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MRI Spectroscopy

The aim of this project is to produce concentration (coloured) maps of brain metabolites. An example can be seen in Fig.2, which shows a map of the concentration ratio between the levels of Creatine (Cr) and N-Acetyl-Aspartate (NAA) in the brain of a tumour-bearing patient.

MR SpectrumFig.1 Spectrum measured out of one voxel.

Spectroscopy is a very sensitive MRI technique and a large range of artefacts can corrupt the measured spectrum. However, despite these difficulties, this technique can provide significant, detailed information relating to factors such as the concentrations of relevant chemicals (e.g. neurotransmitters) in the brain. This information can then be used in the diagnosis of brain related diseases and in treatment planning.

NAA ConcentrationFig. 2 Example of a brain metabolites concentration map made thanks to the SIEMENS spectroscopy toolbox available on the scanner console.

This example of a brain metabolites concentration map was made using the SIEMENS spectroscopy toolbox available on the scanner's console. Such maps can be improved, but in order to be able to produce such maps, a suitable MRI sequence has to be developed. The development of such sequences is a key part of our work.

In order to obtain a coloured concentration map of the brain, the measured spectrum is computed to give the concentration of every metabolite of interest in the spectrum (Fig.1). Several algorithms already exist to do this, and currently, work is being undertaken to improve their accuracy and efficiency. The output of such algorithms is a table stating the computed metabolites concentrations present in the voxels. This information is then transformed into a coloured map. 

MR Spectroscopy Imaging (MRSI)

In order to minimise the required scanning time and to improve patient comfort, traditional MR spectroscopy methods acquire MR spectra either from a single voxel or from single slices with straight borders clipped in the brain tissue.

In order to investigate diseases characterised by spatially varying metabolite concentrations, such as brain tumours, it is desirable to measure whole brain spectroscopic data sets with high spatial resolution, while keeping the measurement time low. This is accomplished using the "Echo Planar Spectroscopic Imaging" (EPSI) sequence [Ebel A. and Maudsley A., Magn Reson Med 2005], provided by our co-operation partner Prof. A. Maudsley (University of Miami, FL, USA).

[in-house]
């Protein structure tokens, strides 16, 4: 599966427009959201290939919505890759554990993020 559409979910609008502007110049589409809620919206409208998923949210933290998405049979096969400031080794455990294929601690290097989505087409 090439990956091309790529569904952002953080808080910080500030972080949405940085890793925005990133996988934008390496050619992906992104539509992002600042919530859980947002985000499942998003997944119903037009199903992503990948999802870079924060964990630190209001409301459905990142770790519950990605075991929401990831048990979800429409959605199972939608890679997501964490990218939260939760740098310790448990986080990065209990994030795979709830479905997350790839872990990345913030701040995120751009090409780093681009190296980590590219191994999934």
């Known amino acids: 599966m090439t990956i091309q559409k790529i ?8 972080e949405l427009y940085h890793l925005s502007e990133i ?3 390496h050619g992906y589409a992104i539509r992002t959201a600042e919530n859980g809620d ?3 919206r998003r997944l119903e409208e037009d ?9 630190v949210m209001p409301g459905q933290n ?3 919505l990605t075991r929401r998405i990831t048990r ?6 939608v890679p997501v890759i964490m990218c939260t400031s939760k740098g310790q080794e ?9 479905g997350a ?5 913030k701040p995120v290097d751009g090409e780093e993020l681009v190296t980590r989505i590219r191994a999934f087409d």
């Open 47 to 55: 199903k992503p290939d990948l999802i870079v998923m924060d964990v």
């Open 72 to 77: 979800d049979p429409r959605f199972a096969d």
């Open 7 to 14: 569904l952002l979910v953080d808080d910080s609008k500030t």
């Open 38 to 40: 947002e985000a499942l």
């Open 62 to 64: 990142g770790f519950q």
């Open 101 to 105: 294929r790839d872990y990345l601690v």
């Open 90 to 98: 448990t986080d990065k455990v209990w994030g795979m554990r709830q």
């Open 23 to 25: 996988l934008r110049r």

By measuring spatial and spectral information in one acquisition step, the total measurement time can be reduced to 15 min. After the measurement, an automated processing pipeline reconstructs the data, performs spectral fits on all the voxels that show acceptable spectral quality, and yields the corresponding metabolite maps. The various whole brain metabolite distributions can be compared with other imaging modalities, such as 18F-fluoro-ethyl-tyrosine-PET (FET-PET) uptake.

Fig. 3 exemplifies this method for a brain tumour. The low extent of congruency between the spectroscopic tumour markers choline / N-acetyl-acetate (NAA) and FET-uptake requires further analysis and may contribute to prospective, more sensitive and/or specific methods for diagnosis, treatment monitoring and relapse control of brain tumours [Mauler J. et al., J Nucl Med 59, 2017].

Data acquisition and reconstruction.Fig.3 Data acquisition and reconstruction.

Fig.3 Data acquisition and reconstruction. Astrocytoma in the left gyrus frontalis sup. a) The T1 image shows two exemplarily selected voxels in the tumour and in the contralateral side, which yield the b) corresponding H-MR-spectra. c) The FET-uptake is increased at the position of the lesion. In the tumour tissue, the choline peak is significantly enhanced, whereas the N-acetyl aspartate signal has vanished. The spectra of the full brain data set are transferred into metabolite maps, depicting the distribution of d) Cho and e) NAA. f) The ratio map Cho/NAA clearly shows the lesion [Mauler J. et al., ISMRM 23rd Annual Meeting 2015, Toronto].


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